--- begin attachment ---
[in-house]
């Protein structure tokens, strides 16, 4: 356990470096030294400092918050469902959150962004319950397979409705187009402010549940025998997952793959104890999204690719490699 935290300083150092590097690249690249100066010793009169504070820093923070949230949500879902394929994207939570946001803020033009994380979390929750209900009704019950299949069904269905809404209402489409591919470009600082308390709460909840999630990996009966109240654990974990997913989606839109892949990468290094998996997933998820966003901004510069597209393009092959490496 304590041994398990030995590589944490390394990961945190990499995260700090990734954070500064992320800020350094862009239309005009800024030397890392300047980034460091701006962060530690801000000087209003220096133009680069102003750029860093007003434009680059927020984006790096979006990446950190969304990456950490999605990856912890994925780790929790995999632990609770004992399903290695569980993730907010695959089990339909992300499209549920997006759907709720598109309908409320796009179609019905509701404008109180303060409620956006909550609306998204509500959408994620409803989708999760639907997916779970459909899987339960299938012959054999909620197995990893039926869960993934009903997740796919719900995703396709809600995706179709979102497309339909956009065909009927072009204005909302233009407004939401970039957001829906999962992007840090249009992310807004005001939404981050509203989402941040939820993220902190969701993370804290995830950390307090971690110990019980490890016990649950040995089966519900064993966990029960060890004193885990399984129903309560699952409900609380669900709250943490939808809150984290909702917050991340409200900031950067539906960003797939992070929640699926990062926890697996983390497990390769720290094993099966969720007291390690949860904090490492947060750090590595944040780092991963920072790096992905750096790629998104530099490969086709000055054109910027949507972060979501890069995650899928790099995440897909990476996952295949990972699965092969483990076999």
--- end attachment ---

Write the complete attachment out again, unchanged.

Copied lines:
[in-house]
């Protein structure tokens, strides 16, 4: 356990470096030294400092918050469902959150962004319950397979409705187009402010549940025998997952793959104890999204690719490699 935290300083150092590097690249690249100066010793009169504070820093923070949230949500879902394929994207939570946001803020033009994380979390929750209900009704019950299949069904269905809404209402489409591919470009600082308390709460909840999630990996009966109240654990974990997913989606839109892949990468290094998996997933998820966003901004510069597209393009092959490496 304590041994398990030995590589944490390394990961945190990499995260700090990734954070500064992320800020350094862009239309005009800024030397890392300047980034460091701006962060530690801000000087209003220096133009680069102003750029860093007003434009680059927020984006790096979006990446950190969304990456950490999605990856912890994925780790929790995999632990609770004992399903290695569980993730907010695959089990339909992300499209549920997006759907709720598109309908409320796009179609019905509701404008109180303060409620956006909550609306998204509500959408994620409803989708999760639907997916779970459909899987339960299938012959054999909620197995990893039926869960993934009903997740796919719900995703396709809600995706179709979102497309339909956009065909009927072009204005909302233009407004939401970039957001829906999962992007840090249009992310807004005001939404981050509203989402941040939820993220902190969701993370804290995830950390307090971690110990019980490890016990649950040995089966519900064993966990029960060890004193885990399984129903309560699952409900609380669900709250943490939808809150984290909702917050991340409200900031950067539906960003797939992070929640699926990062926890697996983390497990390769720290094993099966969720007291390690949860904090490492947060750090590595944040780092991963920072790096992905750096790629998104530099490969086709000055054109910027949507972060979501890069995650899928790099995440897909990476996952295949990972699965092969483990076999």